— Reviewed by Naomi Noguchi Reese, PhD candidate, Trinity Evangelical Divinity School

* Thanks to InterVarsity Press for providing a review copy.

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Book Review — The Passionate Intellect

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  • Hardcover: 210 pages
  • Publisher: InterVarsity Press (July 2010)
  • Amazon
  • Christian Book Distributors
  • Alister McGrath’s Website
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    I recently had the opportunity to review Alister McGrath’s The Passionate Intellect. The book, subtitled “Christian Faith and the Discipleship of the Mind,” explores the practice of Christian theology and its relevance to the modern church and to Western culture. It is based on lectures and addresses given over the course of several years by McGrath, a Christian apologist and theologian who has gained public recognition as a speaker and author. Dr. McGrath’s credentials as a former atheist and an accomplished academic theologian with doctoral degrees in molecular biophysics and divinity give him a unique perspective in discussions of science, atheism, and Christianity.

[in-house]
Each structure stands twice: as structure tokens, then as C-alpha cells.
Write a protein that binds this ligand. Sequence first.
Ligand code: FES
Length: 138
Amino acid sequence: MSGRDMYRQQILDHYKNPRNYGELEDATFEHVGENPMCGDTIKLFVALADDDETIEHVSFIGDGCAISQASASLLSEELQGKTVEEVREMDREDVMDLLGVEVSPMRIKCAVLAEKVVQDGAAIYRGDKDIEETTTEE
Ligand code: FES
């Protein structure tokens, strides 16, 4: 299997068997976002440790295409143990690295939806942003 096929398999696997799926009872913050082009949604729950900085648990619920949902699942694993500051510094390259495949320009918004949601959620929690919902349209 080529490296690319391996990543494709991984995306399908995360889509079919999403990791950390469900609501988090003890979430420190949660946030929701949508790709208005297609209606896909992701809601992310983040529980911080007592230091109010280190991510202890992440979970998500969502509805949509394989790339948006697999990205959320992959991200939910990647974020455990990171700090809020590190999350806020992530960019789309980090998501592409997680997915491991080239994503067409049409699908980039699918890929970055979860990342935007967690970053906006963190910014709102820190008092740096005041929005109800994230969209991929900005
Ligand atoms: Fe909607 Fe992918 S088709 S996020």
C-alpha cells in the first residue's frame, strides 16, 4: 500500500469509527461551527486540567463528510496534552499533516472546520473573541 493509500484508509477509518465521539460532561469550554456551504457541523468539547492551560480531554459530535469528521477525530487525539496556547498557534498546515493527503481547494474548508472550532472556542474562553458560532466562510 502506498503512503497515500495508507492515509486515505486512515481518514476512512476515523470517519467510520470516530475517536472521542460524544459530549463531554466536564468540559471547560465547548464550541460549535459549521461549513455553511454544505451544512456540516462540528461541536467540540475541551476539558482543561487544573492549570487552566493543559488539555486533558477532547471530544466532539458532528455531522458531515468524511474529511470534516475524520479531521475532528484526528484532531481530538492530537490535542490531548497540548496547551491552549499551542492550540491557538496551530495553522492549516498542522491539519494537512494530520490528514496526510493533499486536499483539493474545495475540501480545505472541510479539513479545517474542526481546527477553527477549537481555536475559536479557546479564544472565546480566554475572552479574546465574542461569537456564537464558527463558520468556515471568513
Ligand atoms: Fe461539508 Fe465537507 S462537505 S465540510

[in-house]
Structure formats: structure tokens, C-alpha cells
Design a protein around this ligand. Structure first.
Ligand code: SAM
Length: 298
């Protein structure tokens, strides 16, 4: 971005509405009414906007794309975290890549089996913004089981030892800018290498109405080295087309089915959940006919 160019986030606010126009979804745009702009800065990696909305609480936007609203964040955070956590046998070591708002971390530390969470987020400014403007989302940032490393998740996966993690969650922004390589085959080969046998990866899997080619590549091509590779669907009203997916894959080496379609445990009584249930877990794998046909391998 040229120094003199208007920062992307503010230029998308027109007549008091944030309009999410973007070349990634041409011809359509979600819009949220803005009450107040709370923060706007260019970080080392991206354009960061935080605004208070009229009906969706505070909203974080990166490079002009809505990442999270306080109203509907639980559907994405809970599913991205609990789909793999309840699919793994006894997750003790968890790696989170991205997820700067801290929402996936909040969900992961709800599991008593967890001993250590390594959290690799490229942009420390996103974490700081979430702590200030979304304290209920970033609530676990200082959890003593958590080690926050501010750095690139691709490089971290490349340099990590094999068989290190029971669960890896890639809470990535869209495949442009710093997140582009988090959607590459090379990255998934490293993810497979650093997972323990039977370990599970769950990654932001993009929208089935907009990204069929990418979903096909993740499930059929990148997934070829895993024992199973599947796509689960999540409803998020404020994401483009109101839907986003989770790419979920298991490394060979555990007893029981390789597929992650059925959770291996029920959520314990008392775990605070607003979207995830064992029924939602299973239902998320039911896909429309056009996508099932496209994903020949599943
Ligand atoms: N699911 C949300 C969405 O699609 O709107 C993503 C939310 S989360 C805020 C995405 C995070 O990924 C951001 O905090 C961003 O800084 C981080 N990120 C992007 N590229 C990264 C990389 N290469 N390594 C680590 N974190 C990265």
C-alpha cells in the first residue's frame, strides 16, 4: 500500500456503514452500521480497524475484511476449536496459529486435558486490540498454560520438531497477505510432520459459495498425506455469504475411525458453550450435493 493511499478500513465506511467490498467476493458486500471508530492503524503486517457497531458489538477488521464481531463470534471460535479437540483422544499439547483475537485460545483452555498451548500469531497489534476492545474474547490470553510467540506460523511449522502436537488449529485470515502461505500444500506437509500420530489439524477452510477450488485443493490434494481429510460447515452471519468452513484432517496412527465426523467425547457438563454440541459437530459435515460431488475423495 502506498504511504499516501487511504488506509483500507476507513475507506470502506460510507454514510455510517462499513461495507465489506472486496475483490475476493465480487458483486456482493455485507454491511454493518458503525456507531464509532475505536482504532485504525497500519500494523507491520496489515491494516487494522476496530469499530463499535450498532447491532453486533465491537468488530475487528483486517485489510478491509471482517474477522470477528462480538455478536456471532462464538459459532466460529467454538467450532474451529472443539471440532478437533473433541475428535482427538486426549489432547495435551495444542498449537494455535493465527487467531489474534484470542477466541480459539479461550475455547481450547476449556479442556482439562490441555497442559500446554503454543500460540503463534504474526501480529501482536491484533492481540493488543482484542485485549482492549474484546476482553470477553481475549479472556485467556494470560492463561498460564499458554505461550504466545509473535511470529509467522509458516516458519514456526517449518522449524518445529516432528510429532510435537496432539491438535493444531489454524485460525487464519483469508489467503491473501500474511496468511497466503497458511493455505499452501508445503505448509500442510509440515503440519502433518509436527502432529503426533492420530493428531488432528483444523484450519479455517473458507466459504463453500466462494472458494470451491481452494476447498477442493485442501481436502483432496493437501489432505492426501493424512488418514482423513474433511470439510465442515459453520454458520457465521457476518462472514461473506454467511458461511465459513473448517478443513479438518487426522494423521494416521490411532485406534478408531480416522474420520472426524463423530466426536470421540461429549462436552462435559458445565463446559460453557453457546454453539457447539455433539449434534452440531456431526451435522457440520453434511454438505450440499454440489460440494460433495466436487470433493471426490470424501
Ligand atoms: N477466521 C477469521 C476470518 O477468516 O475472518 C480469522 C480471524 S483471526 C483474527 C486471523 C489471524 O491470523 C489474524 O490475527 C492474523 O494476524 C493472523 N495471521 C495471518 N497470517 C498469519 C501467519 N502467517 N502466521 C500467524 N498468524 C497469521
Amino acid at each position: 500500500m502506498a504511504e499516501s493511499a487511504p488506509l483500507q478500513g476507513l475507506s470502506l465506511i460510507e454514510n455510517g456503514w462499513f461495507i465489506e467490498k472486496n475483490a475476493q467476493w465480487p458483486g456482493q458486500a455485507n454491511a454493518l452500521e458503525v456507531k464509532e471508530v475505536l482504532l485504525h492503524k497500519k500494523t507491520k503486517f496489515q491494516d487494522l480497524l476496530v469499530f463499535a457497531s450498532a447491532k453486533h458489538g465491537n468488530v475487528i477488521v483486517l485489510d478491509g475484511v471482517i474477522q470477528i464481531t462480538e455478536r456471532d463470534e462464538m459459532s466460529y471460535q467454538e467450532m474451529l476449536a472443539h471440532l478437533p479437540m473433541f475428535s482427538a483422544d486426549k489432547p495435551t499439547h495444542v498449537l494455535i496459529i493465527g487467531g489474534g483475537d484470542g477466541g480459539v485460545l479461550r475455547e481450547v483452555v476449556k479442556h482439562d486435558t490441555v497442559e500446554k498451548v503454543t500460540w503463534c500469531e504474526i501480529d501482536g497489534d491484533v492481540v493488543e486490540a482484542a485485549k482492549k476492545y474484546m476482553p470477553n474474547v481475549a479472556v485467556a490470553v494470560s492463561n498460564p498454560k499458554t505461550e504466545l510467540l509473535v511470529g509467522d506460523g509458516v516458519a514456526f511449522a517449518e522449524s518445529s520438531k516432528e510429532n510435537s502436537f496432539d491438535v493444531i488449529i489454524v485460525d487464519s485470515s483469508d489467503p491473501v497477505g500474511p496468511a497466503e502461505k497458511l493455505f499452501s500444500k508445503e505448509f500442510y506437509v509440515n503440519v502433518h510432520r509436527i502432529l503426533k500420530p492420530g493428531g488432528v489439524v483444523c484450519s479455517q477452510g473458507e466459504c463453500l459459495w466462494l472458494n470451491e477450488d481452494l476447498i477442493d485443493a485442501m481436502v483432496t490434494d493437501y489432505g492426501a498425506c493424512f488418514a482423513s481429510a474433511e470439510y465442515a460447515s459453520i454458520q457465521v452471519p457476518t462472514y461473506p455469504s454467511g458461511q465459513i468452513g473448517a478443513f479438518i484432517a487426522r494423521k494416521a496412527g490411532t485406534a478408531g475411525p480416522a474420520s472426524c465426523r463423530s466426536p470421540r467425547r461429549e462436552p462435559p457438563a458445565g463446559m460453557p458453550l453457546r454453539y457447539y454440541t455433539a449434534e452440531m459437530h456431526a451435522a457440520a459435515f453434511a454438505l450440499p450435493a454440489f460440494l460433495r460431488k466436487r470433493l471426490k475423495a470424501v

The first chapters of The Passionate Intellect primarily discuss the functions of theology as an aid to faith and understanding for the individual and the benefits of theology for the Christian community. The combination of the academic writing style and the subject matter made this part of the book a difficult read; analysis of a field of study is, to me, less engaging than the field of study itself. However, McGrath communicates very clearly his passion for a relationship with God that transcends intellectual understanding. Theology for McGrath is not merely a dry study of the history or meaning of God’s actions in this world, but a pursuit that should “leave us on our knees, adoring the mystery that lies at the heart of the Christian faith.” He advocates a theology that is rooted in a personal desire to know God more deeply, is useful to the church, and that informs apologetics and evangelism. For the church as a whole, he argues that theology can hold the church to a dynamic orthodoxy, making religious truth accessible to a changing culture while remaining faithful to original apostolic teaching.